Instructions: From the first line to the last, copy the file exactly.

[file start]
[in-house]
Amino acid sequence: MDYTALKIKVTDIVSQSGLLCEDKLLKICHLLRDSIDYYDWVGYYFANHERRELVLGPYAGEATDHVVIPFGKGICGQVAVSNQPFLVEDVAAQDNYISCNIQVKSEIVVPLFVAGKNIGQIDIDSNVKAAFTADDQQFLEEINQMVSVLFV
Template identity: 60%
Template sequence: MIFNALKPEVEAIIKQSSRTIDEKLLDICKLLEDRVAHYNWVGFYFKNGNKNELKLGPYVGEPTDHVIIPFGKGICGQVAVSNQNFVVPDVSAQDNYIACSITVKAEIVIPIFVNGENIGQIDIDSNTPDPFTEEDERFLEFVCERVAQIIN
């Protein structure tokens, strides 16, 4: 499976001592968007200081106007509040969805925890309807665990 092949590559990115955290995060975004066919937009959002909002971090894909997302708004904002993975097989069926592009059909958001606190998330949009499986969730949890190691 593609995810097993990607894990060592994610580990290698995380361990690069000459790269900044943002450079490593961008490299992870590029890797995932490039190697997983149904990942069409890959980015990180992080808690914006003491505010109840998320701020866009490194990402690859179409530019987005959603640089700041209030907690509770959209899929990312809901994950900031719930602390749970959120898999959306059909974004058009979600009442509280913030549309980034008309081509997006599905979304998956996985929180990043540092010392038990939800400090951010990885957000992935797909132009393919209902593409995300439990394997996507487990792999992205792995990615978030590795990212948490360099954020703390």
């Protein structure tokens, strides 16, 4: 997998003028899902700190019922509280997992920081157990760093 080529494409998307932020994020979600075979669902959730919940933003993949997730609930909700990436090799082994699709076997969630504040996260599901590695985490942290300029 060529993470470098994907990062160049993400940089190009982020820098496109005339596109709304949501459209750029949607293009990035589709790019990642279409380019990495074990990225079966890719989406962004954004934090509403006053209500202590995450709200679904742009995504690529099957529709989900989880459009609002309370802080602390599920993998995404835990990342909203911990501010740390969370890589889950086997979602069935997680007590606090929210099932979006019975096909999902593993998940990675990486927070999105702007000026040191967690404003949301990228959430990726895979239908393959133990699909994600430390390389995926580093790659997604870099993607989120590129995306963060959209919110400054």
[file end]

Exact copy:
[in-house]
Amino acid sequence: MDYTALKIKVTDIVSQSGLLCEDKLLKICHLLRDSIDYYDWVGYYFANHERRELVLGPYAGEATDHVVIPFGKGICGQVAVSNQPFLVEDVAAQDNYISCNIQVKSEIVVPLFVAGKNIGQIDIDSNVKAAFTADDQQFLEEINQMVSVLFV
Template identity: 60%
Template sequence: MIFNALKPEVEAIIKQSSRTIDEKLLDICKLLEDRVAHYNWVGFYFKNGNKNELKLGPYVGEPTDHVIIPFGKGICGQVAVSNQNFVVPDVSAQDNYIACSITVKAEIVIPIFVNGENIGQIDIDSNTPDPFTEEDERFLEFVCERVAQIIN
């Protein structure tokens, strides 16, 4: 499976001592968007200081106007509040969805925890309807665990 092949590559990115955290995060975004066919937009959002909002971090894909997302708004904002993975097989069926592009059909958001606190998330949009499986969730949890190691 593609995810097993990607894990060592994610580990290698995380361990690069000459790269900044943002450079490593961008490299992870590029890797995932490039190697997983149904990942069409890959980015990180992080808690914006003491505010109840998320701020866009490194990402690859179409530019987005959603640089700041209030907690509770959209899929990312809901994950900031719930602390749970959120898999959306059909974004058009979600009442509280913030549309980034008309081509997006599905979304998956996985929180990043540092010392038990939800400090951010990885957000992935797909132009393919209902593409995300439990394997996507487990792999992205792995990615978030590795990212948490360099954020703390």
């Protein structure tokens, strides 16, 4: 997998003028899902700190019922509280997992920081157990760093 080529494409998307932020994020979600075979669902959730919940933003993949997730609930909700990436090799082994699709076997969630504040996260599901590695985490942290300029 060529993470470098994907990062160049993400940089190009982020820098496109005339596109709304949501459209750029949607293009990035589709790019990642279409380019990495074990990225079966890719989406962004954004934090509403006053209500202590995450709200679904742009995504690529099957529709989900989880459009609002309370802080602390599920993998995404835990990342909203911990501010740390969370890589889950086997979602069935997680007590606090929210099932979006019975096909999902593993998940990675990486927070999105702007000026040191967690404003949301990228959430990726895979239908393959133990699909994600430390390389995926580093790659997604870099993607989120590129995306963060959209919110400054």